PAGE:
Skunk cannabis has once again hit the headlines. Today I’ve appeared on the BBC Sussex breakfast show and am about to go on BBC TV Souh East news talking about the link between skunk cannabis and psychosis.
Here are some simple facts.
The British Journal of Psychiatry reported that regular of users of ‘ordinary’ cannabis double their risk of psychosis while users of skunk cannabis increase theirs at least seven fold.
The Institute of Psychiatry research into the link between cannabis and psychosis examined 187 cannabis users, 112 who had developed a psychosis and 75 who had not. Those who had developed a psychosis were twice as likely to have smoked for longer, three times as likely to have smoked cannabis daily, and eighteen times more likely to have smoked skunk.
A quarter of all cases of schizophrenia are now linked to the use of cannabis, and there are more than 500 hospital admissions weekly due to cannabis use.
Cannabis use causes impairment of the brain functioning leading to changes in personality, cognitive problems, memory loss, addiction, and psychosis, not to mention damage to the cardiac, immune, reproductive and respiritory systems, and increase in mouth cancers. The consequences of use, if not necessarily life-threatening, can result in lasting damage to health, relationships, education and employment prospects.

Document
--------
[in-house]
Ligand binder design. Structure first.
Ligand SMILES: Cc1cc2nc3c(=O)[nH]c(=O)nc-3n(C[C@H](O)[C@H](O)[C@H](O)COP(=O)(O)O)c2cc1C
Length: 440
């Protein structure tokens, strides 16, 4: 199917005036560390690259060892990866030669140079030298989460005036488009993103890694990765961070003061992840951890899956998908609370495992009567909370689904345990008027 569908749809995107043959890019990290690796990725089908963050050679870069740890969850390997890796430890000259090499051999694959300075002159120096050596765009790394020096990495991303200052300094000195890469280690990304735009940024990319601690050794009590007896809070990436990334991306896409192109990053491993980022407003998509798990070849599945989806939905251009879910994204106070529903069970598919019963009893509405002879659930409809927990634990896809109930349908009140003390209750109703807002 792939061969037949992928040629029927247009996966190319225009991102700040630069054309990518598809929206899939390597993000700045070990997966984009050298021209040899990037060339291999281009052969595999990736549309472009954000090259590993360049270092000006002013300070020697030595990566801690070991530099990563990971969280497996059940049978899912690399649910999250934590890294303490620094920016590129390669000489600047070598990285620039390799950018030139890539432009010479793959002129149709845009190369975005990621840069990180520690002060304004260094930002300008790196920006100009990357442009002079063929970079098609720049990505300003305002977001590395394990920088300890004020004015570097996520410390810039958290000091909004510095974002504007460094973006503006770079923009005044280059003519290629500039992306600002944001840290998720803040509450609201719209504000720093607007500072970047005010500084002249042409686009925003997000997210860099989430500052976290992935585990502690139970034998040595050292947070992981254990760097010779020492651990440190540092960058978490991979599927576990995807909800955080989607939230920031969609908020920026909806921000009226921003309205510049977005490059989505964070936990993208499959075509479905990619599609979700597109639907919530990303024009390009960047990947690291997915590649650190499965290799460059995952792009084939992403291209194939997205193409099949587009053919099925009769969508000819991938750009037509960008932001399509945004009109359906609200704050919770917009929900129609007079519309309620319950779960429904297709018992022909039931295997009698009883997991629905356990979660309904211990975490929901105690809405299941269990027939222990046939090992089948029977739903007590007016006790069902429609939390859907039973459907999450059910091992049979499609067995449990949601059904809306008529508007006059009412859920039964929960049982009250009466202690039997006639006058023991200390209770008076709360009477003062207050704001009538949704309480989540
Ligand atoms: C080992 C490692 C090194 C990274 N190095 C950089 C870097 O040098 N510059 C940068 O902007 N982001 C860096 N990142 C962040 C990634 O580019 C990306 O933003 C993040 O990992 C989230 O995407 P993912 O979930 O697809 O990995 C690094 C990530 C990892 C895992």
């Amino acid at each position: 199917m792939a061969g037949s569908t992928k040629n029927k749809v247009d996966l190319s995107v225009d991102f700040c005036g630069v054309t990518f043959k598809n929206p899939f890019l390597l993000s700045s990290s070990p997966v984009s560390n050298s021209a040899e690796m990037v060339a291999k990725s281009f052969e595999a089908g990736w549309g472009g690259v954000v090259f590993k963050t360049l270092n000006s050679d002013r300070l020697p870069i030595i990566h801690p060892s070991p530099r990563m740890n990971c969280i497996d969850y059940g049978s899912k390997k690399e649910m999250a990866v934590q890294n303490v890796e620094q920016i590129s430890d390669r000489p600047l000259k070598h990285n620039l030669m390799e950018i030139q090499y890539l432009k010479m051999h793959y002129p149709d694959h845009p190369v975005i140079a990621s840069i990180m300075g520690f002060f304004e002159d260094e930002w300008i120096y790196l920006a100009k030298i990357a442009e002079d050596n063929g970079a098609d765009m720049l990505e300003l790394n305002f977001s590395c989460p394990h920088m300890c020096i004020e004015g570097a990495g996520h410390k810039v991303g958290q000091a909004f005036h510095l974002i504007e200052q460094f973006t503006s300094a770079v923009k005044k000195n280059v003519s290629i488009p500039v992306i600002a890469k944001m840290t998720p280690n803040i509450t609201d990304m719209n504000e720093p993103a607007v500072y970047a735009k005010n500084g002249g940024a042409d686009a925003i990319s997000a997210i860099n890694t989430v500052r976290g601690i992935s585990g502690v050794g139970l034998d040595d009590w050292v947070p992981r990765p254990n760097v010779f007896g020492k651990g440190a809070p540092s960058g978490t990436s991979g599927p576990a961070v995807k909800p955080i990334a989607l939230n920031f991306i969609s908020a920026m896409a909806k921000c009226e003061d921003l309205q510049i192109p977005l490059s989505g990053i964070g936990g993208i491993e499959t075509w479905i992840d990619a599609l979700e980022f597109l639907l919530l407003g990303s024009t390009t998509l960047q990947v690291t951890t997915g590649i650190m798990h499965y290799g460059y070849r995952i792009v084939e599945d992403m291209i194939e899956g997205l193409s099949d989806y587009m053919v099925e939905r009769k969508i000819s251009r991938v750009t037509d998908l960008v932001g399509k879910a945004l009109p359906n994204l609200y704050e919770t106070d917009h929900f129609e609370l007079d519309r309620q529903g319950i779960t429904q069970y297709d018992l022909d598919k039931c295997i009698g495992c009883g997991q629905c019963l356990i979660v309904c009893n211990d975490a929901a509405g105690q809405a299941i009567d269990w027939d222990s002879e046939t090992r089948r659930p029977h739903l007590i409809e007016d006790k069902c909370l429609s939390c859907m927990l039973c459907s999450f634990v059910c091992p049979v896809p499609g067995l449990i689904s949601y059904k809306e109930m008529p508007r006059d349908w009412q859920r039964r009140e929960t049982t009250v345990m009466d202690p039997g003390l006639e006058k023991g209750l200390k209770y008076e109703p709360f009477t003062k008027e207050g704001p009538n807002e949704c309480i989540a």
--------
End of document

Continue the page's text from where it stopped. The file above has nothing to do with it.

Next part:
On a pharmacological perspective (and here I am cribbing as I know little or anything about pharmacology), skunk cannabis contains higher levels of the active ingredient THC associated with the onset of psychosis and lower levels of CBD, an anti-psychotic substance that moderate the effects of THC on users’ minds.
I fear that there is complacency about health risks associated with skunk cannabis. There is no harm minimisation approach other than not to smoke, yet the debate tends to evolve around decriminalisation. This is a complete red herring and I would go as far as saying that it is irresponsible to say that the harm comes from its criminalisation. Decriminalisation would give the green light for wider use, particularly amongst the mid-teens since they are, contrary to popular myth, a law abiding group.
There are between 5 to 6 million cannabis users in UK. The long term consequences for health and social care cannot be estimated. I am not sure how society will cope with this emerging epidemic.